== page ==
Decisions need to be made rapidly based on often minimal information taking several stakeholders’ opinions and needs into consideration. Often these decisions are literally about life and death. With the growing complexity of emergencies and the number of players in the field a lot of attention should be paid on the competencies and skills that contribute to success in this complex and unpredictable context with a significant number of different stakeholders. Soft skills like communication, innovation, creativity and interpersonal skills are increasingly important. This in turn emphasizes the need for a robust talent management process, particularly talent definition and identification based on that definition. The main research question in my dissertation is: Do the managerial or business approaches to talent management and the principal assumption of organizations as moneymaking entities make talent management frameworks and theories non-applicable in the context of e.g. non-profit organizations. Based on the afore-presented, the response is no, it does not.
Traditionally, in this context, when defining talent or the best possible incumbent to a position, emphasis is placed on experience in similar operations together with knowledge of the context, i.e. humanitarian aid and particularly emergency operations, including related processes and procedures. Experience and knowledge about similar operations are vital, but identifying talent should not be based solely on those and the evidence of required competencies which are numerous. Past performance, and experience, is not necessarily a good predictor of future success even in similar type of jobs. Research points to the opposite direction. Learning agility, insight and adaptability predict success better, particularly since context plays such an important role in performance and success: an individual can be a star in one operation and fail totally in another when the same team, organization, and manager are not there.
Talent management in corporations can learn from the way talent or high potential are developed and retained in humanitarian aid organizations.
At the IFRC the Developing-HEOps application, selection, and development processes can be argued to be a combination of solid, carefully designed activities related to assessment, evaluation, and observation, hence laying a solid foundation for both feedback and mentoring sessions as well as personal development plans. Deployments to emergency operations are a key component in the development program, which require the D-HEOps to be exposed to real-life challenges. These are not simulations or experiments in ‘safe’ environments, such as a simulation in a training program, and can be argued to equip the talent with skills and competencies that are invaluable in view of his or her future career. Corporations can arguably benefit from a similar approach, although genuine experiences that require the same speed in decision-making and involve such crucial decisions (life or death) can be challenging to arrange.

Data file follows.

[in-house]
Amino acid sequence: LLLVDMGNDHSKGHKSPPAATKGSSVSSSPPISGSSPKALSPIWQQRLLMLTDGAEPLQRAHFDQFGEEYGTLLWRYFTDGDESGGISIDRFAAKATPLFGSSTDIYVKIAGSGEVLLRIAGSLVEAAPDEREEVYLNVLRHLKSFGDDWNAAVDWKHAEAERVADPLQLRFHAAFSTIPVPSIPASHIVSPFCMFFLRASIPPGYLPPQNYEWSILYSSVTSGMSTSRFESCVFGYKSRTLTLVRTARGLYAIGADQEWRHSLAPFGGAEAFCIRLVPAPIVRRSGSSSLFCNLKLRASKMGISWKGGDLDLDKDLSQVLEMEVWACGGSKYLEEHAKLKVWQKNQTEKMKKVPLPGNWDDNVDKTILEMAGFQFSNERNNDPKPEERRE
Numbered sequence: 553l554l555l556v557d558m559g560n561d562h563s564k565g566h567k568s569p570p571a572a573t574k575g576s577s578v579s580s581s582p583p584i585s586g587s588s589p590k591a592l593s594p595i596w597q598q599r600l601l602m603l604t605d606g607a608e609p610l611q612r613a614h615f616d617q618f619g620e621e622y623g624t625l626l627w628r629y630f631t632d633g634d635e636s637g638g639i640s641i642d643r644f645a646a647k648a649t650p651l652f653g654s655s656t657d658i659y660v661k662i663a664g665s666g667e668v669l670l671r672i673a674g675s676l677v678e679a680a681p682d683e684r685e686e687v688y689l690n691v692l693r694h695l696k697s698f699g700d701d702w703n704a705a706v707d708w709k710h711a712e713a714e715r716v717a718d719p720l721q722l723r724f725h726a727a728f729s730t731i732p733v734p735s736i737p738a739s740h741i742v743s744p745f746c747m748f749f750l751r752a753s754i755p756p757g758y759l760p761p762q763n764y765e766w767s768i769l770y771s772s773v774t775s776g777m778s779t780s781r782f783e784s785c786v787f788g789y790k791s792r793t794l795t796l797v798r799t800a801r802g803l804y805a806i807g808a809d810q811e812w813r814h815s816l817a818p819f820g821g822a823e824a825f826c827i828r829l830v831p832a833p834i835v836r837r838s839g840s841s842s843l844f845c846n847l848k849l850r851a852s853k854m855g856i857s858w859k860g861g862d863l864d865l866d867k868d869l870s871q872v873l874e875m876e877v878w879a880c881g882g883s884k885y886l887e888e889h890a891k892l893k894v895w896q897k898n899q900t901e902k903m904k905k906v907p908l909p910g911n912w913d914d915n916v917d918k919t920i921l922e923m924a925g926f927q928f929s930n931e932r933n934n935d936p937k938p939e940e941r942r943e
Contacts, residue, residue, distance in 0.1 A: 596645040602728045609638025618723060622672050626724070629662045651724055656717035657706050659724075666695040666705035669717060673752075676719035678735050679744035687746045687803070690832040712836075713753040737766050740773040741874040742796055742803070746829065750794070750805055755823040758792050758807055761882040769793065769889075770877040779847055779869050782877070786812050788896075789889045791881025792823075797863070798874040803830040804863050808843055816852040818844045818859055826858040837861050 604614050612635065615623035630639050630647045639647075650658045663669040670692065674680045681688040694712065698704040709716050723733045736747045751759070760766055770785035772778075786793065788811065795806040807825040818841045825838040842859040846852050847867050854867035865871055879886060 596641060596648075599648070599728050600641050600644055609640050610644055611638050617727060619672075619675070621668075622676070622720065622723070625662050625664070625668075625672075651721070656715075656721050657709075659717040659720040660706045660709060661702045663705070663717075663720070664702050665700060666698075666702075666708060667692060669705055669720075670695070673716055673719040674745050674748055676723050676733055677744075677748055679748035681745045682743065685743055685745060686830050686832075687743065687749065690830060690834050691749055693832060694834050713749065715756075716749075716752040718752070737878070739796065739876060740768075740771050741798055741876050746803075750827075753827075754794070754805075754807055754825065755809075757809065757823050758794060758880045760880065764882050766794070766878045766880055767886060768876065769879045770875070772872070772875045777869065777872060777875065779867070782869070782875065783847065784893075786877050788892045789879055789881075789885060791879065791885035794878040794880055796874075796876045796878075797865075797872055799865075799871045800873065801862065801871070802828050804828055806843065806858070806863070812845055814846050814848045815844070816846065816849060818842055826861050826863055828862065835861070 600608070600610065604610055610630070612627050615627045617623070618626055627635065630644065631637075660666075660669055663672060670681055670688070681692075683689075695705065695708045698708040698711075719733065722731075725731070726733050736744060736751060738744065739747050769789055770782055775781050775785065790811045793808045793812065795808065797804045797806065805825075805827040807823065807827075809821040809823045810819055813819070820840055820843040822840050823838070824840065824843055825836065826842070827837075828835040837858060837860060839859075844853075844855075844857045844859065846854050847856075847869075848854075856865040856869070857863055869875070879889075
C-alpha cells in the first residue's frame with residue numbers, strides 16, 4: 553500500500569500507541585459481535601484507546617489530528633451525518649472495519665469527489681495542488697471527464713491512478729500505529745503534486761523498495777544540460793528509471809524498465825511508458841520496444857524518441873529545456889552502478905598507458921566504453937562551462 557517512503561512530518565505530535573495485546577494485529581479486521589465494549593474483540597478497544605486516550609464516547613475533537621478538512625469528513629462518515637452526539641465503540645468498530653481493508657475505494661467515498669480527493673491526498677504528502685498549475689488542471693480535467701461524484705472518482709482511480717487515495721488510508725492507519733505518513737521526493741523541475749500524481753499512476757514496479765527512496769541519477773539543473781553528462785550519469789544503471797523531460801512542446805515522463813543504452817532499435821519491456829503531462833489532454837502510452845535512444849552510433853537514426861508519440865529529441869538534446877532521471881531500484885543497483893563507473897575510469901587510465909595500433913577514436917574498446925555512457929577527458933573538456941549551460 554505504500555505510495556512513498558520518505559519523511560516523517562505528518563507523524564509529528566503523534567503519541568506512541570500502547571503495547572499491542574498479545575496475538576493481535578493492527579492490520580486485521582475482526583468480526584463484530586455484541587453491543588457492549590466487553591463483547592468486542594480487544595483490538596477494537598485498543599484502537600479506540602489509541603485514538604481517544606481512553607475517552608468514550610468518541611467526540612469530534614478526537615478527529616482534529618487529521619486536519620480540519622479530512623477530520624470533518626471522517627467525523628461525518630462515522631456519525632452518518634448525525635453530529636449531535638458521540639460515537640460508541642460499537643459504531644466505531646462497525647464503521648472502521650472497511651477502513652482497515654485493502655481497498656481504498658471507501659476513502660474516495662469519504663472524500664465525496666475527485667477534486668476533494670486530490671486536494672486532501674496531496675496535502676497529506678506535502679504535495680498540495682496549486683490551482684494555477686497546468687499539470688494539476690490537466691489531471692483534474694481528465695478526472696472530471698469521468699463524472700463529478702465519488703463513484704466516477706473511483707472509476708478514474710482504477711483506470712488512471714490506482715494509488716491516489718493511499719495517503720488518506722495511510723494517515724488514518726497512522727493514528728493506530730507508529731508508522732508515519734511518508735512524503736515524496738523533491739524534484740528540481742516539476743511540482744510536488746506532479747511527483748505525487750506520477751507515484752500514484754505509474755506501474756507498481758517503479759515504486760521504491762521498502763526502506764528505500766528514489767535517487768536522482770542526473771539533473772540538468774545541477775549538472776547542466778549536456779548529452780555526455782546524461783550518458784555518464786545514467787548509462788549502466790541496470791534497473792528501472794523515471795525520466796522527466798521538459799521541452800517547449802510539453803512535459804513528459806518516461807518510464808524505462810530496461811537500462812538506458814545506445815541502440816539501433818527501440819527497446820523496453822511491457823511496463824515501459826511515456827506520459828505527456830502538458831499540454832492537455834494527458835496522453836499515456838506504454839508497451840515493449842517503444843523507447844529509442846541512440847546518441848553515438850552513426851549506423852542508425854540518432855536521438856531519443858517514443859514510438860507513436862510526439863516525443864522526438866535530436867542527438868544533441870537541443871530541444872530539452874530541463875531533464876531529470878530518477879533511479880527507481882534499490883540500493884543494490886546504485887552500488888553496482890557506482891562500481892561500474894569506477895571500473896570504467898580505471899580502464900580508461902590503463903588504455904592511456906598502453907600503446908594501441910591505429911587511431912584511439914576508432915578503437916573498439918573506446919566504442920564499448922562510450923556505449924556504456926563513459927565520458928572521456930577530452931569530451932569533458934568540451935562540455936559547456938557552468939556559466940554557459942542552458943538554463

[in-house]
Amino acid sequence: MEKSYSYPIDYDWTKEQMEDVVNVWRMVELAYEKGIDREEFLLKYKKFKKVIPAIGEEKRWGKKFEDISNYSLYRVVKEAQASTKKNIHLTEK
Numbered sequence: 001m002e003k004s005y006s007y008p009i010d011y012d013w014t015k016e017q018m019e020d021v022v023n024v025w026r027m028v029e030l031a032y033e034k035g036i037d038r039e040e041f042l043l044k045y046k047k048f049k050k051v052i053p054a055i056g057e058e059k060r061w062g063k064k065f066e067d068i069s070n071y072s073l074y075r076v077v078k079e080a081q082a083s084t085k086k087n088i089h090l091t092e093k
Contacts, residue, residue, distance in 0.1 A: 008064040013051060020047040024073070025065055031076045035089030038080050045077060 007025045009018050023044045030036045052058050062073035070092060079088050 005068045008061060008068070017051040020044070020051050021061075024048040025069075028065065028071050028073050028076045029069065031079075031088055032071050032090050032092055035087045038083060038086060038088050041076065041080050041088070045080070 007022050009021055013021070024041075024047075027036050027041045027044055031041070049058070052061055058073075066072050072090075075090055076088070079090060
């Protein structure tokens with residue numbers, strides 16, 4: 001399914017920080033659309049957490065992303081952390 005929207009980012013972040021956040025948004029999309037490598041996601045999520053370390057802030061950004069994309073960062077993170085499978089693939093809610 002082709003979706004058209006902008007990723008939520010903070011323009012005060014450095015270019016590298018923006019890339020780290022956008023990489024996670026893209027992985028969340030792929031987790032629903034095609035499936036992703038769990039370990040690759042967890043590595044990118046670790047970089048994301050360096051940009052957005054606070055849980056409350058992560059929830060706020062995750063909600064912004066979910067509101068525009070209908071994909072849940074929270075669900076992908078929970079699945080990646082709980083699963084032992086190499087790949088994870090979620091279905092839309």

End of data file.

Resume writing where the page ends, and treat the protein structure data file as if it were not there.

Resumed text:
To conclude: Talent management is essential in organizations now and in the future.
Organizations need to define what they need in terms of skills, competencies, and attitudes currently and particularly in the future, how macro-trends and changes in the operating environment impact the capabilities and competencies needed and the ways to develop or acquire them. Managers need to learn to identify potential, since it is not possible to predict what exactly are the skills and competencies of the future. The ability to learn new skills constantly and willingness to develop oneself are vital. Challenges to attract the right kind of talent is a major challenge in organizations all over the world. To be able to attract the right kind of talent, organizations need to define what they need in terms of talent, and the definition needs to be flexible enough to allow differentiation. Everything starts from the organization’s strategy and the identification of those positions that make the biggest difference when endeavouring to achieve strategic goals. And attraction is supported by the right kind of organizational culture.
Also, talent management as a function should not forget its role as a guardian and co-creator of engagement.
The focus of talent management in many organizations is on processes, while the main focus should be on genuine collaboration between business and talent management in order to build organizations within which employees are valued and productive. Effective but flexible processes and well thought through definitions lay the basis for this.
“I ask you, honoured professor David Collings to present the observations that you consider appropriate for this DBA dissertation”.
Riitta Lumme-Tuomala is Director, Russia and Talent Management and Head of Growth at Aalto EE. The Aalto Executive DBA is a structured program in business administration for experienced individuals with considerable managerial experience who wish to contribute to the development of their professional competence and their key areas of interest. Read more on the program »